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Yep, i agree that it's quite a bad logic to conclude from a lower budget to focus and so to a better product.

The problem is that your "argument" depends so much on the specific case that's just not a reasonable argument in a general way.

The production values of Riddick2 are a lot higher than those from Riddick1 and so the movie is more expensive. As i suggested already before, watch them in a row and if you still think that you don't see anything which puts Riddick2 (DC) apart from Riddick1 then, well, let's just agree to disagree because the differences should be more than obvious.

Many projects are working within certain constraints, sometimes necessity is the mother of invention, sometimes these constraints aren't good for the project's final quality at all, sometimes the constraints are reasonable and all rolls just fine, sometimes you aren't even touching them or aware of certain constraints, ... it's all so specific due to the project, the people who are involved, ...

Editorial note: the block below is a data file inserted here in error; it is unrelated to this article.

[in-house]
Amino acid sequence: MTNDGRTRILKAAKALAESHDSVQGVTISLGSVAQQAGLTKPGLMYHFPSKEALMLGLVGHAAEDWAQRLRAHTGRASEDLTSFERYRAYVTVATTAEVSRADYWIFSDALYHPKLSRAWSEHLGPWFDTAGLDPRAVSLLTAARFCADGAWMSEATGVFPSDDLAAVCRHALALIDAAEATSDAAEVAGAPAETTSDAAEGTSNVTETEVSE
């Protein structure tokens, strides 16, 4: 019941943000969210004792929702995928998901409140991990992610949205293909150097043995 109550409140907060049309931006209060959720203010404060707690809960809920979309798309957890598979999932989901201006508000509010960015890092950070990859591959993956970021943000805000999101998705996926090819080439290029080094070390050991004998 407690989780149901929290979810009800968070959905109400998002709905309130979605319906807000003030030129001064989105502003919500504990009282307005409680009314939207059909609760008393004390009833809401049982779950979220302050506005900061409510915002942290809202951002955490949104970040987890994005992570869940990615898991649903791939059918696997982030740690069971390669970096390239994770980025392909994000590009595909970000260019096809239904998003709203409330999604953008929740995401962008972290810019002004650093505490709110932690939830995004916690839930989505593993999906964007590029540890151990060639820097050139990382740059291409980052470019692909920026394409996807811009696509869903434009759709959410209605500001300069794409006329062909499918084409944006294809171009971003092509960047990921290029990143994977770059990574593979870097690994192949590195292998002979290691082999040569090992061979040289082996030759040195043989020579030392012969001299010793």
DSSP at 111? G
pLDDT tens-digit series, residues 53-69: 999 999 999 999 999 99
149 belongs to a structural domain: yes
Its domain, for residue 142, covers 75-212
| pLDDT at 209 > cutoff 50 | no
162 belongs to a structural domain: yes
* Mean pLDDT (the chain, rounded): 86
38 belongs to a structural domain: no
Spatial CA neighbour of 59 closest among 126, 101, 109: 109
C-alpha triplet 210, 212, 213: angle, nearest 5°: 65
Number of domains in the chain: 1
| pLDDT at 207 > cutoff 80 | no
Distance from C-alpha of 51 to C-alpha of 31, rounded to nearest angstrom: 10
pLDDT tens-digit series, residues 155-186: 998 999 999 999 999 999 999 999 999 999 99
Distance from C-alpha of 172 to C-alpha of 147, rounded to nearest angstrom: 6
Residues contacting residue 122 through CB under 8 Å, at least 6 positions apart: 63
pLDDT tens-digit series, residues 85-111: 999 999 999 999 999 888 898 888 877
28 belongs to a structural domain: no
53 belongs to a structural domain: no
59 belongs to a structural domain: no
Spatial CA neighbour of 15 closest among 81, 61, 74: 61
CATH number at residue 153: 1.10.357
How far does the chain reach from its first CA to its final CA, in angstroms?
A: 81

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It's not bad logic it's perfectly sound. It's based on KISS design. Keep It Stupid Simple, in other words the design philosophy that a design is perfect when you cannot take away nor add any element without making the design worse. I believe bloated budgets can lead to bloated design. Creatives adding on simply because the money is there and it has to be spent, with an ambitious enough project there's a lot of room to maneuver but of your idea is fundamentally small in scope than it's to your advantage to keep it focused.

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@Bookdust

Yep, and sometimes they're entertaining and sometimes they aren't.